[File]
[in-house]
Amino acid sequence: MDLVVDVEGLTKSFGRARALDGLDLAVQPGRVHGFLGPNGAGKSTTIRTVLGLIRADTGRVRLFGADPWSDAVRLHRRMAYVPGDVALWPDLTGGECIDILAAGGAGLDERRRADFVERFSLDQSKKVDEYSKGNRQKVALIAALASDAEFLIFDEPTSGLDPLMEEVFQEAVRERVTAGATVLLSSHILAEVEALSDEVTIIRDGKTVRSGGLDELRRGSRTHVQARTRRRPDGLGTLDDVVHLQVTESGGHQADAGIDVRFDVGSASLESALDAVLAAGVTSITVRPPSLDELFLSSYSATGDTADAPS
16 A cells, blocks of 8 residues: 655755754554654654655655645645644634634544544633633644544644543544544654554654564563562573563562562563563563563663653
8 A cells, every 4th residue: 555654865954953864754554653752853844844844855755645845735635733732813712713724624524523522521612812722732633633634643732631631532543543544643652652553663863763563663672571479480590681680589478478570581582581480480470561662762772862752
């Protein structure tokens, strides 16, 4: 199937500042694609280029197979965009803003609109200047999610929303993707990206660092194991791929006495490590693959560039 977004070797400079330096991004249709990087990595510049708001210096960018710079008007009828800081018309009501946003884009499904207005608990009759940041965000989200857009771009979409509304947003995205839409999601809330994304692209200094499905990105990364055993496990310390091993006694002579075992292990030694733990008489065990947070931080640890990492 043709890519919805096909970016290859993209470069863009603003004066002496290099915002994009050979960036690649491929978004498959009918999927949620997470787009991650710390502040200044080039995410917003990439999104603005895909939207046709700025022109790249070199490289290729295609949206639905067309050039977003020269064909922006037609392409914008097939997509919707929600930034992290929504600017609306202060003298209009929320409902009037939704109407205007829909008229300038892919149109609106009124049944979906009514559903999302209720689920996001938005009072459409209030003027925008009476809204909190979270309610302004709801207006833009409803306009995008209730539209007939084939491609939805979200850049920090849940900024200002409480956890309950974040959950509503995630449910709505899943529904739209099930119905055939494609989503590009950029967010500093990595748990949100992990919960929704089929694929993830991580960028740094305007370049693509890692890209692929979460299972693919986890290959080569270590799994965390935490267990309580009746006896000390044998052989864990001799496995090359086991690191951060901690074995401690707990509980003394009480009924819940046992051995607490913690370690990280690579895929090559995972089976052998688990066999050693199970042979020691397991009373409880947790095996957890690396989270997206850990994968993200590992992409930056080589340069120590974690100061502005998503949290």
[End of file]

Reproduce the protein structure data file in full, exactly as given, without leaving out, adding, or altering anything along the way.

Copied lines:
[in-house]
Amino acid sequence: MDLVVDVEGLTKSFGRARALDGLDLAVQPGRVHGFLGPNGAGKSTTIRTVLGLIRADTGRVRLFGADPWSDAVRLHRRMAYVPGDVALWPDLTGGECIDILAAGGAGLDERRRADFVERFSLDQSKKVDEYSKGNRQKVALIAALASDAEFLIFDEPTSGLDPLMEEVFQEAVRERVTAGATVLLSSHILAEVEALSDEVTIIRDGKTVRSGGLDELRRGSRTHVQARTRRRPDGLGTLDDVVHLQVTESGGHQADAGIDVRFDVGSASLESALDAVLAAGVTSITVRPPSLDELFLSSYSATGDTADAPS
16 A cells, blocks of 8 residues: 655755754554654654655655645645644634634544544633633644544644543544544654554654564563562573563562562563563563563663653
8 A cells, every 4th residue: 555654865954953864754554653752853844844844855755645845735635733732813712713724624524523522521612812722732633633634643732631631532543543544643652652553663863763563663672571479480590681680589478478570581582581480480470561662762772862752
């Protein structure tokens, strides 16, 4: 199937500042694609280029197979965009803003609109200047999610929303993707990206660092194991791929006495490590693959560039 977004070797400079330096991004249709990087990595510049708001210096960018710079008007009828800081018309009501946003884009499904207005608990009759940041965000989200857009771009979409509304947003995205839409999601809330994304692209200094499905990105990364055993496990310390091993006694002579075992292990030694733990008489065990947070931080640890990492 043709890519919805096909970016290859993209470069863009603003004066002496290099915002994009050979960036690649491929978004498959009918999927949620997470787009991650710390502040200044080039995410917003990439999104603005895909939207046709700025022109790249070199490289290729295609949206639905067309050039977003020269064909922006037609392409914008097939997509919707929600930034992290929504600017609306202060003298209009929320409902009037939704109407205007829909008229300038892919149109609106009124049944979906009514559903999302209720689920996001938005009072459409209030003027925008009476809204909190979270309610302004709801207006833009409803306009995008209730539209007939084939491609939805979200850049920090849940900024200002409480956890309950974040959950509503995630449910709505899943529904739209099930119905055939494609989503590009950029967010500093990595748990949100992990919960929704089929694929993830991580960028740094305007370049693509890692890209692929979460299972693919986890290959080569270590799994965390935490267990309580009746006896000390044998052989864990001799496995090359086991690191951060901690074995401690707990509980003394009480009924819940046992051995607490913690370690990280690579895929090559995972089976052998688990066999050693199970042979020691397991009373409880947790095996957890690396989270997206850990994968993200590992992409930056080589340069120590974690100061502005998503949290």